A defense funding bill now on its way to the White House for President Trump’s signature includes a provision that would reinstate mandatory registration for recreational small unmanned aircraft systems (sUAS) weighing less than 55 pounds.
Passed by the Senate on Nov. 16, 2017, the National Defense Authorization Act includes language that would overturn a May 2017 judicial ruling that stopped the registration requirement on the basis that the FAA was prohibited from regulating model aircraft.
Once signed into law, the reinstatement would apply only to hobbyist sUAS flying under Part 101 regulations, and not sUAS flown by commercial operators under a Section 333 exemption, or under Part 107 rules, which became effective in July 2016.
Reinstating registration for hobbyist sUAS may offer safety benefits as the FAA and the aviation industry work to gather user data to help safely integrate unmanned aircraft into the national airspace system, said Heidi Williams, director of air traffic services and infrastructure for the National Business Aviation Association (NBAA).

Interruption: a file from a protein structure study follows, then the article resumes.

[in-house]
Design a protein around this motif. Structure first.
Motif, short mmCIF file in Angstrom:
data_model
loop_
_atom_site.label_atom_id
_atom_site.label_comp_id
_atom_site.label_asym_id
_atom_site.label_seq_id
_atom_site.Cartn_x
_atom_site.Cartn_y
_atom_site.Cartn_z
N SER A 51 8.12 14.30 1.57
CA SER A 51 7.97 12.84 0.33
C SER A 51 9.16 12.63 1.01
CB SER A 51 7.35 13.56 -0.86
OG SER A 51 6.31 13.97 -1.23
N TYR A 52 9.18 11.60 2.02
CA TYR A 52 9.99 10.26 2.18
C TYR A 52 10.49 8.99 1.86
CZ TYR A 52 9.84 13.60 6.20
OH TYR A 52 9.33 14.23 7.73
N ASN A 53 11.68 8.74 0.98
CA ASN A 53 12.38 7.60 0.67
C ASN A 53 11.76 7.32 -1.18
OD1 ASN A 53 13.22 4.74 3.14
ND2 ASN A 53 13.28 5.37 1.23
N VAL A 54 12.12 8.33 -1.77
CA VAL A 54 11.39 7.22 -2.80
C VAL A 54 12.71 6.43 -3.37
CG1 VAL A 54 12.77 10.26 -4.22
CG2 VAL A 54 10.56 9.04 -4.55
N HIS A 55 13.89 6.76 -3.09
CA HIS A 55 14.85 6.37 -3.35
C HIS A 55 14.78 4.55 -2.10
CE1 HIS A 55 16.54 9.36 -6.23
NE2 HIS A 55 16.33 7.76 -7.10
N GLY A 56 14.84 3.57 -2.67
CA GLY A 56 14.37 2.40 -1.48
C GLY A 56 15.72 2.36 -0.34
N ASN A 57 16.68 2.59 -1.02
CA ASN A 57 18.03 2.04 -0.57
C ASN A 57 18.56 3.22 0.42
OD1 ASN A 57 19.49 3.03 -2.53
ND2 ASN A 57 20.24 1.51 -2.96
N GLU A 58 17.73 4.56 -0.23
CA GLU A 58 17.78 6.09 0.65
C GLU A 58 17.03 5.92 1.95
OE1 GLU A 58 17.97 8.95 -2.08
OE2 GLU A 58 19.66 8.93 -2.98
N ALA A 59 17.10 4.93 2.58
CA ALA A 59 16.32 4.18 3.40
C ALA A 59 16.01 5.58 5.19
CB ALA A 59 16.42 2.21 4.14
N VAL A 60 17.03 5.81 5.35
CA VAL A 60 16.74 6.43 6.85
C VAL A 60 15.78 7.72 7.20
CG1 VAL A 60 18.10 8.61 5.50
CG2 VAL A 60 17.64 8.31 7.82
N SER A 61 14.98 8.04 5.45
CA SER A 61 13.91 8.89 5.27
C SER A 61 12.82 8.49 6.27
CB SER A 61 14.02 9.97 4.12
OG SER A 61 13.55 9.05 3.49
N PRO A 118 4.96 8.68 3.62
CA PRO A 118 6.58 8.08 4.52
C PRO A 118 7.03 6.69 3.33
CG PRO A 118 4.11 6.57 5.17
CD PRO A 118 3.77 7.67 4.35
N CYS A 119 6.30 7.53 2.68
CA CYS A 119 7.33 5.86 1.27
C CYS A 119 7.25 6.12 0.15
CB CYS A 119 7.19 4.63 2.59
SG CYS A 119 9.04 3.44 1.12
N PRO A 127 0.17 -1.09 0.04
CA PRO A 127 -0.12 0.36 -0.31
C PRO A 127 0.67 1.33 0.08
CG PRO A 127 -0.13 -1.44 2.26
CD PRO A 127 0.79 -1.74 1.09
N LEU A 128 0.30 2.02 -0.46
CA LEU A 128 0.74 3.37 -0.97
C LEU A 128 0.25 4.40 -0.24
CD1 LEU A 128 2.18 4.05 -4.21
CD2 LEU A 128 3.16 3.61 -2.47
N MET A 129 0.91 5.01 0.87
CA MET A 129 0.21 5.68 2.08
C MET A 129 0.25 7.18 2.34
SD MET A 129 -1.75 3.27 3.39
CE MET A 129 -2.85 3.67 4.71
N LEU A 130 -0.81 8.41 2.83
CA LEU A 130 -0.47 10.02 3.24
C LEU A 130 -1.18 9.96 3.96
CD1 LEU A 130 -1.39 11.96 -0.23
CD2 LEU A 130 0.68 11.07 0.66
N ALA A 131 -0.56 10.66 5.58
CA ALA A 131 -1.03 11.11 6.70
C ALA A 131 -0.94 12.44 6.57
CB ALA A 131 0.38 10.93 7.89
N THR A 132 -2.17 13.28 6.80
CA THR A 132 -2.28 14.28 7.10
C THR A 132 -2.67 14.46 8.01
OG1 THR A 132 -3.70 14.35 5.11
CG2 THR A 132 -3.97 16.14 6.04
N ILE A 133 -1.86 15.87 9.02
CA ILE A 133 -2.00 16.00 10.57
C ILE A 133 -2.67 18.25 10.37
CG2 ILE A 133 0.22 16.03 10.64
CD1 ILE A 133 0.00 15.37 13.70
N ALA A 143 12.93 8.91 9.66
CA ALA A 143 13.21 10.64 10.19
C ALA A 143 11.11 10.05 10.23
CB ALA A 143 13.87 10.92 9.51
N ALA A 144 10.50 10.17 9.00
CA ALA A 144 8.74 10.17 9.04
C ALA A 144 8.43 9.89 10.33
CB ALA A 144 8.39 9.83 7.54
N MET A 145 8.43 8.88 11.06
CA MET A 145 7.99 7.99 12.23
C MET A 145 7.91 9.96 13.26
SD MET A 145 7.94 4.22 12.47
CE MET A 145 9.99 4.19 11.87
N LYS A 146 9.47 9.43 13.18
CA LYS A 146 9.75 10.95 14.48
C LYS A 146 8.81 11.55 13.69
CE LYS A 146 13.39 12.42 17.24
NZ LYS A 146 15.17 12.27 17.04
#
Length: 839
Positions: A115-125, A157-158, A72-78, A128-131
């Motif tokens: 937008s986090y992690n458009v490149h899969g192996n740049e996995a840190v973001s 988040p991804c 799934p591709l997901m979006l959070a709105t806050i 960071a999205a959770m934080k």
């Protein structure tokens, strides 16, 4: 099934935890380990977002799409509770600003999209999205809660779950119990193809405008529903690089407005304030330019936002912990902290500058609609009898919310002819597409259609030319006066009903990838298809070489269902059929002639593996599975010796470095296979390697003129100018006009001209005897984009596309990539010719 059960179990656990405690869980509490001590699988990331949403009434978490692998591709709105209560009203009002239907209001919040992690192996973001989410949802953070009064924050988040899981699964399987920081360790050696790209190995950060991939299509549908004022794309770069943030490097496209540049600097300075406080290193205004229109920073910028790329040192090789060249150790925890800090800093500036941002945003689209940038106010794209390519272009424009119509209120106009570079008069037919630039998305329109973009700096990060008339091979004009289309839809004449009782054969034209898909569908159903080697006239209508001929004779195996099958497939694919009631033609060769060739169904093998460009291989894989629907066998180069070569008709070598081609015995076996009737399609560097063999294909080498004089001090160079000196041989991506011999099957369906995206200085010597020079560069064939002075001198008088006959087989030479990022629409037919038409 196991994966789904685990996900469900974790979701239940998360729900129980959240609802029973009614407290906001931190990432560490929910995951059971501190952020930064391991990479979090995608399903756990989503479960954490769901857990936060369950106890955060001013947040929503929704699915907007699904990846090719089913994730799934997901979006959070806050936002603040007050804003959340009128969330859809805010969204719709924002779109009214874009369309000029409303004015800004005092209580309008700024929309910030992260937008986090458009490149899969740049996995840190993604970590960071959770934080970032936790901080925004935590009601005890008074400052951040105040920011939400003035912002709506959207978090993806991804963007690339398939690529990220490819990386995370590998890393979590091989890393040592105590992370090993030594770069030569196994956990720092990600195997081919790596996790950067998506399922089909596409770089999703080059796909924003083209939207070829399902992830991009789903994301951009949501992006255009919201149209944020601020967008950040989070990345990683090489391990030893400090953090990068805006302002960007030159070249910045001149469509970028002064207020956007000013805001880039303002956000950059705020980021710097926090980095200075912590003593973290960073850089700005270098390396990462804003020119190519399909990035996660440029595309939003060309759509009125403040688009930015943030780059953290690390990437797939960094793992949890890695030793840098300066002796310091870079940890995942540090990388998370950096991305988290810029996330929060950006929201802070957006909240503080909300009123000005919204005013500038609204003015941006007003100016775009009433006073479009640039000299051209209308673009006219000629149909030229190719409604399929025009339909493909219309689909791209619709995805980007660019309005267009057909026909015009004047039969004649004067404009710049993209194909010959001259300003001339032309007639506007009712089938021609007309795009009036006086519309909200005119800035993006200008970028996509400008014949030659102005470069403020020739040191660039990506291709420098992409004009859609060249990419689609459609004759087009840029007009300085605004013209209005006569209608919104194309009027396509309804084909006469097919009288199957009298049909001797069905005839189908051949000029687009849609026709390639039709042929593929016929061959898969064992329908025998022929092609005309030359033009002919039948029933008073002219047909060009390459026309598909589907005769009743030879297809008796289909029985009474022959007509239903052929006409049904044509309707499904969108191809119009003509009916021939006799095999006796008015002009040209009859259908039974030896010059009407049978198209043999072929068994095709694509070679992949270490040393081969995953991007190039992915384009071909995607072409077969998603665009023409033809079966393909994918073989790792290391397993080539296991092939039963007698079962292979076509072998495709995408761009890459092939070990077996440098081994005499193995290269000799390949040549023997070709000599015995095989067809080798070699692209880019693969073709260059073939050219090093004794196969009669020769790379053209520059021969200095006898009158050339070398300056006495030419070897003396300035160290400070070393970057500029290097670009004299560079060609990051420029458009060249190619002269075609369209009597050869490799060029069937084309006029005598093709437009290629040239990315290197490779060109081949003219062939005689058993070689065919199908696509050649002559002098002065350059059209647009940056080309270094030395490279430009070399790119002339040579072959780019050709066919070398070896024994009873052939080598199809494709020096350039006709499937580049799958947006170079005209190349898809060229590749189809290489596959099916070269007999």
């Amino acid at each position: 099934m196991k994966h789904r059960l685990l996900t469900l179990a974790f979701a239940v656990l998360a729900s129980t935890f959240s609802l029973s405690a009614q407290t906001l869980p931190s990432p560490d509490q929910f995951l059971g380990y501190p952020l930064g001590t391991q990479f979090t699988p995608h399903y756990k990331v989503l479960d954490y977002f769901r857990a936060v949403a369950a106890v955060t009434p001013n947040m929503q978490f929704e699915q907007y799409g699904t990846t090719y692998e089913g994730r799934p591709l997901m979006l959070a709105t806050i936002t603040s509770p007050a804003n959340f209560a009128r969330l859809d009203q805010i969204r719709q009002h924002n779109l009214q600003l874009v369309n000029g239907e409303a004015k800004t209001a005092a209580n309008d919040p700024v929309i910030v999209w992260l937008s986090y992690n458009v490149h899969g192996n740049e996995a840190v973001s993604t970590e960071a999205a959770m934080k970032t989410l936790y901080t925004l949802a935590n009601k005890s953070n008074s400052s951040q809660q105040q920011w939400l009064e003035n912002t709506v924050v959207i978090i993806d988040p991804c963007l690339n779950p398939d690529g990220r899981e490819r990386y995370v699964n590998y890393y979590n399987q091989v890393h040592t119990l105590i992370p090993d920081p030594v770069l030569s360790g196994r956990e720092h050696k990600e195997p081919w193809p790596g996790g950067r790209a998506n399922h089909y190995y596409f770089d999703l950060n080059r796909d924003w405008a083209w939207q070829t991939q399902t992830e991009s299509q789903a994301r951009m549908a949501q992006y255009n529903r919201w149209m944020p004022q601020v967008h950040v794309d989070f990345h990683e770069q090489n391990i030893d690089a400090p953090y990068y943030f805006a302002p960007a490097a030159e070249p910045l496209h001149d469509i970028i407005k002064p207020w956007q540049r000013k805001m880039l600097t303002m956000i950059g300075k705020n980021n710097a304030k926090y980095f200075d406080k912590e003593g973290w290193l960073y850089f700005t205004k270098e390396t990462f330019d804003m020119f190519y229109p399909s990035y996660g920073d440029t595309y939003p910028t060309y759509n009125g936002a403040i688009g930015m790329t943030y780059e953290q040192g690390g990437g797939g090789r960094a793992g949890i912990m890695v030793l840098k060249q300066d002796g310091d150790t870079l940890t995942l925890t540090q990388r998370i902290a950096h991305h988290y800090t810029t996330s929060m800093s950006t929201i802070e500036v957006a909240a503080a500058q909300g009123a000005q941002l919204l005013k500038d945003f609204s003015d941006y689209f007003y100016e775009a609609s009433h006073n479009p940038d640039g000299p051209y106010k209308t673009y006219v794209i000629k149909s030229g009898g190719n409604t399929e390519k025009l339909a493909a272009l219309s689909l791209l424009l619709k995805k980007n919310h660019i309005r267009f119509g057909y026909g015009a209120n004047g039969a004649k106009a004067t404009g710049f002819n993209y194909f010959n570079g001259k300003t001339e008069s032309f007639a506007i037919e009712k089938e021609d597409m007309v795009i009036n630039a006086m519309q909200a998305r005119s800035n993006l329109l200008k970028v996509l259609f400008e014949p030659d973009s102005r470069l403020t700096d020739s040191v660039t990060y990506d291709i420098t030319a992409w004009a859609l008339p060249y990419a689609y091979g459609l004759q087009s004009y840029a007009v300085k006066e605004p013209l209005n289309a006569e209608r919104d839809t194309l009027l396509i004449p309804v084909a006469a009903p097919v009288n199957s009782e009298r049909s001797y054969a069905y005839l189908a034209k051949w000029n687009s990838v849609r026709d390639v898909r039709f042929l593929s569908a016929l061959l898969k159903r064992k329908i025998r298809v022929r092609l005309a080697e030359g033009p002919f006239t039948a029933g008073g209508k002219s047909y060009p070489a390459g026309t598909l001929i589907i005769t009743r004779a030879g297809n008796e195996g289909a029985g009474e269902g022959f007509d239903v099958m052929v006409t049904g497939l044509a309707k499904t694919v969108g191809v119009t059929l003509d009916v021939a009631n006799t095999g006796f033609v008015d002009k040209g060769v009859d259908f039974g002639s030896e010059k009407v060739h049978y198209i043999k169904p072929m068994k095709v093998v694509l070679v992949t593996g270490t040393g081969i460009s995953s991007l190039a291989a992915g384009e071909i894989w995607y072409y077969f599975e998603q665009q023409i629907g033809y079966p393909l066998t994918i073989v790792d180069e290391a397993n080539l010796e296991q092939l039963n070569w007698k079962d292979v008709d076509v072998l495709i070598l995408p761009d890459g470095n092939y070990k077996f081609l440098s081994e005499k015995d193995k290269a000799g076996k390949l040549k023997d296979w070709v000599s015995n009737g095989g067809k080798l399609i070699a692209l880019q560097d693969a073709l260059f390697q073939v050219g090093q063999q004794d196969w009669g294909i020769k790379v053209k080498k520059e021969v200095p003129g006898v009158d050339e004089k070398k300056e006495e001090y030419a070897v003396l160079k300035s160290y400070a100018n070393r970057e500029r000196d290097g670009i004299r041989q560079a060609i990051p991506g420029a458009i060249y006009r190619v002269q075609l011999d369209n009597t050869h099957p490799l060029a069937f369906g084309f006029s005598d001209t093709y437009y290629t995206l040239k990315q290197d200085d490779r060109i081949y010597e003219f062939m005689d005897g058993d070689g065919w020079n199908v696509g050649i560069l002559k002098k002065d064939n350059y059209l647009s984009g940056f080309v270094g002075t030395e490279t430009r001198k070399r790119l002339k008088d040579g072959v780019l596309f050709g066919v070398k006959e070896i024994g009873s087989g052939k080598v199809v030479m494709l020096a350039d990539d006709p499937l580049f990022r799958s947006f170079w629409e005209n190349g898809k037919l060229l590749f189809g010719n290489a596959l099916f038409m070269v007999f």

“That is an ongoing process, and registration of recreational sUAS may be helpful in determining all the players,” she noted.
The FAA initially required hobbyists to register their drones up to 55 pounds. The $5 registration was good for three years.
However, a federal appeals court determined last spring that the requirement ran afoul of laws prohibiting the FAA from regulating model aircraft, which are governed separately under Section 336 of the 2012 FAA Modernization and Reform Act.
The FAA countered that the sUAS registration requirement was not a new rule, but rather “a decision to cease its exercise of enforcement discretion.” The court ruling left open the possibility that Congress would later act to clarify the agency’s oversight authority.